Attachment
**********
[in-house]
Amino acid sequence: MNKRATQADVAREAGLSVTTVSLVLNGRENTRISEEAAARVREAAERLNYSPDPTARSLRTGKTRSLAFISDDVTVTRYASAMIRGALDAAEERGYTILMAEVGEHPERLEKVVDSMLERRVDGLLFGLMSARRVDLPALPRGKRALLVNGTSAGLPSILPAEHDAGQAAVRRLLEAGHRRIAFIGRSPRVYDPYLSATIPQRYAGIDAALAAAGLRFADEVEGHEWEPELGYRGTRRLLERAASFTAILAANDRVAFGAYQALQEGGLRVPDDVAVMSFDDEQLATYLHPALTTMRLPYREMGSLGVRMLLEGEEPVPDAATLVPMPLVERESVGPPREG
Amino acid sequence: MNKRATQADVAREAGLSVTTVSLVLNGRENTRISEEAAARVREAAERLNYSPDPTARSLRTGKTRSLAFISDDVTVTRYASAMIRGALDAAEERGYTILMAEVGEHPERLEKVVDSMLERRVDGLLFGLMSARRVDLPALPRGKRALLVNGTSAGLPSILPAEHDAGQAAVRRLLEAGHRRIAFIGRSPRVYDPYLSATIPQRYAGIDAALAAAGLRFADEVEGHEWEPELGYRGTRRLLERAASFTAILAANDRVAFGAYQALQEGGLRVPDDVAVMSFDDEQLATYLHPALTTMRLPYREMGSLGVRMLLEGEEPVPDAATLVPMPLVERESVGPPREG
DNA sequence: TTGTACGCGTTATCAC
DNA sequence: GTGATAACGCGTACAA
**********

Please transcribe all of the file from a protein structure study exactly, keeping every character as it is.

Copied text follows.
[in-house]
Amino acid sequence: MNKRATQADVAREAGLSVTTVSLVLNGRENTRISEEAAARVREAAERLNYSPDPTARSLRTGKTRSLAFISDDVTVTRYASAMIRGALDAAEERGYTILMAEVGEHPERLEKVVDSMLERRVDGLLFGLMSARRVDLPALPRGKRALLVNGTSAGLPSILPAEHDAGQAAVRRLLEAGHRRIAFIGRSPRVYDPYLSATIPQRYAGIDAALAAAGLRFADEVEGHEWEPELGYRGTRRLLERAASFTAILAANDRVAFGAYQALQEGGLRVPDDVAVMSFDDEQLATYLHPALTTMRLPYREMGSLGVRMLLEGEEPVPDAATLVPMPLVERESVGPPREG
Amino acid sequence: MNKRATQADVAREAGLSVTTVSLVLNGRENTRISEEAAARVREAAERLNYSPDPTARSLRTGKTRSLAFISDDVTVTRYASAMIRGALDAAEERGYTILMAEVGEHPERLEKVVDSMLERRVDGLLFGLMSARRVDLPALPRGKRALLVNGTSAGLPSILPAEHDAGQAAVRRLLEAGHRRIAFIGRSPRVYDPYLSATIPQRYAGIDAALAAAGLRFADEVEGHEWEPELGYRGTRRLLERAASFTAILAANDRVAFGAYQALQEGGLRVPDDVAVMSFDDEQLATYLHPALTTMRLPYREMGSLGVRMLLEGEEPVPDAATLVPMPLVERESVGPPREG
DNA sequence: TTGTACGCGTTATCAC
DNA sequence: GTGATAACGCGTACAA